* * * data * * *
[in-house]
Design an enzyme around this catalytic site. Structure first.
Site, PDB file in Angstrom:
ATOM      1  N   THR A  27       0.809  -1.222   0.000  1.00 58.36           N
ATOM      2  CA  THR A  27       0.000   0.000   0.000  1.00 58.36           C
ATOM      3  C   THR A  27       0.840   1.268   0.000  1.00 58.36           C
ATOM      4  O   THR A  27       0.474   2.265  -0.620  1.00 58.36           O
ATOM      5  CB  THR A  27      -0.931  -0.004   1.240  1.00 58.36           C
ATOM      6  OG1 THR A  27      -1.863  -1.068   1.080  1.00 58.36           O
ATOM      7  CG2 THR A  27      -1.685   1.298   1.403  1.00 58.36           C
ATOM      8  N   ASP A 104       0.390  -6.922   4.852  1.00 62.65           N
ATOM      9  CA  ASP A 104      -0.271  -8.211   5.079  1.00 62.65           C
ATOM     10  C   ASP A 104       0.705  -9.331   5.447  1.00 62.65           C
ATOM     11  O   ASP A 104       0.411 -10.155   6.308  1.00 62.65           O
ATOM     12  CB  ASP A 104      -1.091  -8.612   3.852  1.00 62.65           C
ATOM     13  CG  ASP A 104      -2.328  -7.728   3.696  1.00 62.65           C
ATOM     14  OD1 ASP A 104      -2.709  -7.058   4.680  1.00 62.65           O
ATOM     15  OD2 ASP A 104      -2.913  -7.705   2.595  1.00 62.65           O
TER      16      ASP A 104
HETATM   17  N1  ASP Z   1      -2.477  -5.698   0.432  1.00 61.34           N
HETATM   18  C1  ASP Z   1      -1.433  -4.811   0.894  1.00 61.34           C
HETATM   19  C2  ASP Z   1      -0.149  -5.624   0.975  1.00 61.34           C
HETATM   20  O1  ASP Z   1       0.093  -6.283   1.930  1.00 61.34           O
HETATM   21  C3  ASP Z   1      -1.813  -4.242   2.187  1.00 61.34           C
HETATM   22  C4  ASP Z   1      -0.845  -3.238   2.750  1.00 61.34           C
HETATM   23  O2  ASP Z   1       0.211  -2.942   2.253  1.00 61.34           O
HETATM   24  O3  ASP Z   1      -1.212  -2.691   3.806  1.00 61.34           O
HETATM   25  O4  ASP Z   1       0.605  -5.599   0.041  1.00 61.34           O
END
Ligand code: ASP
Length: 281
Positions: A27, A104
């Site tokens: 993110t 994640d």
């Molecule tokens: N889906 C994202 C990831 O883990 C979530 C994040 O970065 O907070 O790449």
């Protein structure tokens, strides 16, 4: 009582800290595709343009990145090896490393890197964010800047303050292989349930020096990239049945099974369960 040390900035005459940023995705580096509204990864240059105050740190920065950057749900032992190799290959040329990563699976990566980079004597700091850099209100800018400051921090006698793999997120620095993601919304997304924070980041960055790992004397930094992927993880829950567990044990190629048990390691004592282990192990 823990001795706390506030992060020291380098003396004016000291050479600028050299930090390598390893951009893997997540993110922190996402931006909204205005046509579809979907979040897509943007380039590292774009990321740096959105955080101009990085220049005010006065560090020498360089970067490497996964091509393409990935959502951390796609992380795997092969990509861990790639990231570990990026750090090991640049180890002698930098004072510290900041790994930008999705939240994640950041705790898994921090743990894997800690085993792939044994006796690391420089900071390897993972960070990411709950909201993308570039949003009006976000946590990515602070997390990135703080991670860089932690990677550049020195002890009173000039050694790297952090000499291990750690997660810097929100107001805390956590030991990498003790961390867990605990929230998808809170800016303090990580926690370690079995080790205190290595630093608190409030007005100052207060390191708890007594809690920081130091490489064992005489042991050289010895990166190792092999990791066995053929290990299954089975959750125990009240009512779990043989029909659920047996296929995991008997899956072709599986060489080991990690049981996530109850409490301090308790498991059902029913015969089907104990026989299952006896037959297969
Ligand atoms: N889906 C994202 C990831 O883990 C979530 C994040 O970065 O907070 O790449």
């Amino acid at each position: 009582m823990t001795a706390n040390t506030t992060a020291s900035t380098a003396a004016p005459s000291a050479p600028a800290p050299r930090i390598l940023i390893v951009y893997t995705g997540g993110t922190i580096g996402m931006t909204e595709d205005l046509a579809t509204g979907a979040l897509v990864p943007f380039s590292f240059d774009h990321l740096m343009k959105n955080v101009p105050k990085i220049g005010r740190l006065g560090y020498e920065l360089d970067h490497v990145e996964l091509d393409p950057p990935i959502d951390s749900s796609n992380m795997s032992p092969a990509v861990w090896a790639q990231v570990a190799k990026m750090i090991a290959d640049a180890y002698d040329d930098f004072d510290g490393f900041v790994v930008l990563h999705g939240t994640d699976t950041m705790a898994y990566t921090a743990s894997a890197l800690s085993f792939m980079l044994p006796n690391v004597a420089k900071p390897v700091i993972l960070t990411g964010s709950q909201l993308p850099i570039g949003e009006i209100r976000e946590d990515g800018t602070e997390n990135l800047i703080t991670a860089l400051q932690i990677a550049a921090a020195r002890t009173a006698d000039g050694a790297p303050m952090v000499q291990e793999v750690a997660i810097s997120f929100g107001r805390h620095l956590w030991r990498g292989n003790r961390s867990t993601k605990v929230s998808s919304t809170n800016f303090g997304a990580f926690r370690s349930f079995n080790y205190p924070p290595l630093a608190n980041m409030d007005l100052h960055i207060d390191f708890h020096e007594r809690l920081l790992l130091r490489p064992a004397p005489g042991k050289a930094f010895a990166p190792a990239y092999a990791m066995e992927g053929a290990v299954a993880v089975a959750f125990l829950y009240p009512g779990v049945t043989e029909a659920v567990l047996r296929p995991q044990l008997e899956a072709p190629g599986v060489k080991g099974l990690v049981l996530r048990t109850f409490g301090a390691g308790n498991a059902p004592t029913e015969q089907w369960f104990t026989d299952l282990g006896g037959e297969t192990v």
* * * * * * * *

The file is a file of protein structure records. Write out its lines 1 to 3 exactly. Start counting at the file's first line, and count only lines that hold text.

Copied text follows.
[in-house]
Design an enzyme around this catalytic site. Structure first.
Site, PDB file in Angstrom: